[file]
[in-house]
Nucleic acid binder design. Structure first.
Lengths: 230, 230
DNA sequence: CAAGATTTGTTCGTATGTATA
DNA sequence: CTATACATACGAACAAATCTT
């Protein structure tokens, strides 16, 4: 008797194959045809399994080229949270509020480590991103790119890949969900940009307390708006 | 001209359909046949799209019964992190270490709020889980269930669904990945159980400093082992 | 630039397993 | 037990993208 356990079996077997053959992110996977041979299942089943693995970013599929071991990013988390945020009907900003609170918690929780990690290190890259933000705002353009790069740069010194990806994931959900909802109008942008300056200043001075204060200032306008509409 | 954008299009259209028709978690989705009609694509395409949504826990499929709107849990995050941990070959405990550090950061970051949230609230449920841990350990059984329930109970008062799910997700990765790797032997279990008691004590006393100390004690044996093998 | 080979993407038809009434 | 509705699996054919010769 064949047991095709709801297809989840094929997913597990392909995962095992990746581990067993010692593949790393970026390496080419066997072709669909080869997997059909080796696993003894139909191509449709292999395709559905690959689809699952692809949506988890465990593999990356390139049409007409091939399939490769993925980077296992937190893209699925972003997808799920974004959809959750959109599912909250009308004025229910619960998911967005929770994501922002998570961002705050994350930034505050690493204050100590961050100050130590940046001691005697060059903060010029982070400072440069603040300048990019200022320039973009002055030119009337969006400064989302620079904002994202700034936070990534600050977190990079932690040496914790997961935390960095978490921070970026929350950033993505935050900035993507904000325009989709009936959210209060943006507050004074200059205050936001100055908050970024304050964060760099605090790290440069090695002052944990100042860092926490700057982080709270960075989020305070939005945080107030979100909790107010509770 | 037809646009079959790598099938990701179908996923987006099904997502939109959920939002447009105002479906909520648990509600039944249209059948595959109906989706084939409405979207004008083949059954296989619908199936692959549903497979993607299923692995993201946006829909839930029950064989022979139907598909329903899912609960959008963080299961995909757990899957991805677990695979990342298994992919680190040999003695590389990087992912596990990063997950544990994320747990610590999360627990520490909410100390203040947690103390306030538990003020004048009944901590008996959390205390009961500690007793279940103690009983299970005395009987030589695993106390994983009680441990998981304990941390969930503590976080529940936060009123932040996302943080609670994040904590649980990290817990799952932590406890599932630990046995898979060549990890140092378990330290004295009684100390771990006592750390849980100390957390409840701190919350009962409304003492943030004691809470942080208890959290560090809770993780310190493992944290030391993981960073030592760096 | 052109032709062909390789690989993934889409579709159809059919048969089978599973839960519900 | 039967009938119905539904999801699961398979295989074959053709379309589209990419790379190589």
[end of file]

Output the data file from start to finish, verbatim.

[in-house]
Nucleic acid binder design. Structure first.
Lengths: 230, 230
DNA sequence: CAAGATTTGTTCGTATGTATA
DNA sequence: CTATACATACGAACAAATCTT
């Protein structure tokens, strides 16, 4: 008797194959045809399994080229949270509020480590991103790119890949969900940009307390708006 | 001209359909046949799209019964992190270490709020889980269930669904990945159980400093082992 | 630039397993 | 037990993208 356990079996077997053959992110996977041979299942089943693995970013599929071991990013988390945020009907900003609170918690929780990690290190890259933000705002353009790069740069010194990806994931959900909802109008942008300056200043001075204060200032306008509409 | 954008299009259209028709978690989705009609694509395409949504826990499929709107849990995050941990070959405990550090950061970051949230609230449920841990350990059984329930109970008062799910997700990765790797032997279990008691004590006393100390004690044996093998 | 080979993407038809009434 | 509705699996054919010769 064949047991095709709801297809989840094929997913597990392909995962095992990746581990067993010692593949790393970026390496080419066997072709669909080869997997059909080796696993003894139909191509449709292999395709559905690959689809699952692809949506988890465990593999990356390139049409007409091939399939490769993925980077296992937190893209699925972003997808799920974004959809959750959109599912909250009308004025229910619960998911967005929770994501922002998570961002705050994350930034505050690493204050100590961050100050130590940046001691005697060059903060010029982070400072440069603040300048990019200022320039973009002055030119009337969006400064989302620079904002994202700034936070990534600050977190990079932690040496914790997961935390960095978490921070970026929350950033993505935050900035993507904000325009989709009936959210209060943006507050004074200059205050936001100055908050970024304050964060760099605090790290440069090695002052944990100042860092926490700057982080709270960075989020305070939005945080107030979100909790107010509770 | 037809646009079959790598099938990701179908996923987006099904997502939109959920939002447009105002479906909520648990509600039944249209059948595959109906989706084939409405979207004008083949059954296989619908199936692959549903497979993607299923692995993201946006829909839930029950064989022979139907598909329903899912609960959008963080299961995909757990899957991805677990695979990342298994992919680190040999003695590389990087992912596990990063997950544990994320747990610590999360627990520490909410100390203040947690103390306030538990003020004048009944901590008996959390205390009961500690007793279940103690009983299970005395009987030589695993106390994983009680441990998981304990941390969930503590976080529940936060009123932040996302943080609670994040904590649980990290817990799952932590406890599932630990046995898979060549990890140092378990330290004295009684100390771990006592750390849980100390957390409840701190919350009962409304003492943030004691809470942080208890959290560090809770993780310190493992944290030391993981960073030592760096 | 052109032709062909390789690989993934889409579709159809059919048969089978599973839960519900 | 039967009938119905539904999801699961398979295989074959053709379309589209990419790379190589």